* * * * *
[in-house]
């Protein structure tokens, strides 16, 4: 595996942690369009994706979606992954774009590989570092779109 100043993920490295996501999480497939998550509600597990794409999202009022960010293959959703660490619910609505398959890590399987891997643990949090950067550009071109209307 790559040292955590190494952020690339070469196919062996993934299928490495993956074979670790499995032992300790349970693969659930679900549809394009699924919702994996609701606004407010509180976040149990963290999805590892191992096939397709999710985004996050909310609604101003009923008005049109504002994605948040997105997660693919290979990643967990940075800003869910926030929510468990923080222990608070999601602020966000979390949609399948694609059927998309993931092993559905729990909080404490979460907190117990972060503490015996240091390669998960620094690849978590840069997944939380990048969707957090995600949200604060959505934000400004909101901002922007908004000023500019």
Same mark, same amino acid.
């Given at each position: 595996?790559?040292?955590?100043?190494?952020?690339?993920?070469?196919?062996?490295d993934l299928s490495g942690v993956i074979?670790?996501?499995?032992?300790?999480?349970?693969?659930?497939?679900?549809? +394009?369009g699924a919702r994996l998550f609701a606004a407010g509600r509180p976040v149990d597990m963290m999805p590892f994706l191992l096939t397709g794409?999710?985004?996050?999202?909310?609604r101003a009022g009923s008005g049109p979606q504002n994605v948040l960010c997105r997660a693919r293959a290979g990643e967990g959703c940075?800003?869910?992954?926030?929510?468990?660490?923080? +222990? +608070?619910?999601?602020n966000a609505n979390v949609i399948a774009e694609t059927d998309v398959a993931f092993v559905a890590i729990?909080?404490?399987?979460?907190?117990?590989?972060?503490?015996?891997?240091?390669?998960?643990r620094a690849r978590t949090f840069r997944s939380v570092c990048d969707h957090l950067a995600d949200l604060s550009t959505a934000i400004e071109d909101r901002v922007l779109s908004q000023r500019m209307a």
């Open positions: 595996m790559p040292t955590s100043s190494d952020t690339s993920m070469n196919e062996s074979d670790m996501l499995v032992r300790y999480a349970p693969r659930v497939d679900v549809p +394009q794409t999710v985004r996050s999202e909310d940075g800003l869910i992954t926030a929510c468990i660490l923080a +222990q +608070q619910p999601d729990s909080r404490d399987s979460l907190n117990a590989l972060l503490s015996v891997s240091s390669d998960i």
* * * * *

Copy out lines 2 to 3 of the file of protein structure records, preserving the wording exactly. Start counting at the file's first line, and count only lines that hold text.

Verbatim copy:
């Protein structure tokens, strides 16, 4: 595996942690369009994706979606992954774009590989570092779109 100043993920490295996501999480497939998550509600597990794409999202009022960010293959959703660490619910609505398959890590399987891997643990949090950067550009071109209307 790559040292955590190494952020690339070469196919062996993934299928490495993956074979670790499995032992300790349970693969659930679900549809394009699924919702994996609701606004407010509180976040149990963290999805590892191992096939397709999710985004996050909310609604101003009923008005049109504002994605948040997105997660693919290979990643967990940075800003869910926030929510468990923080222990608070999601602020966000979390949609399948694609059927998309993931092993559905729990909080404490979460907190117990972060503490015996240091390669998960620094690849978590840069997944939380990048969707957090995600949200604060959505934000400004909101901002922007908004000023500019």
Same mark, same amino acid.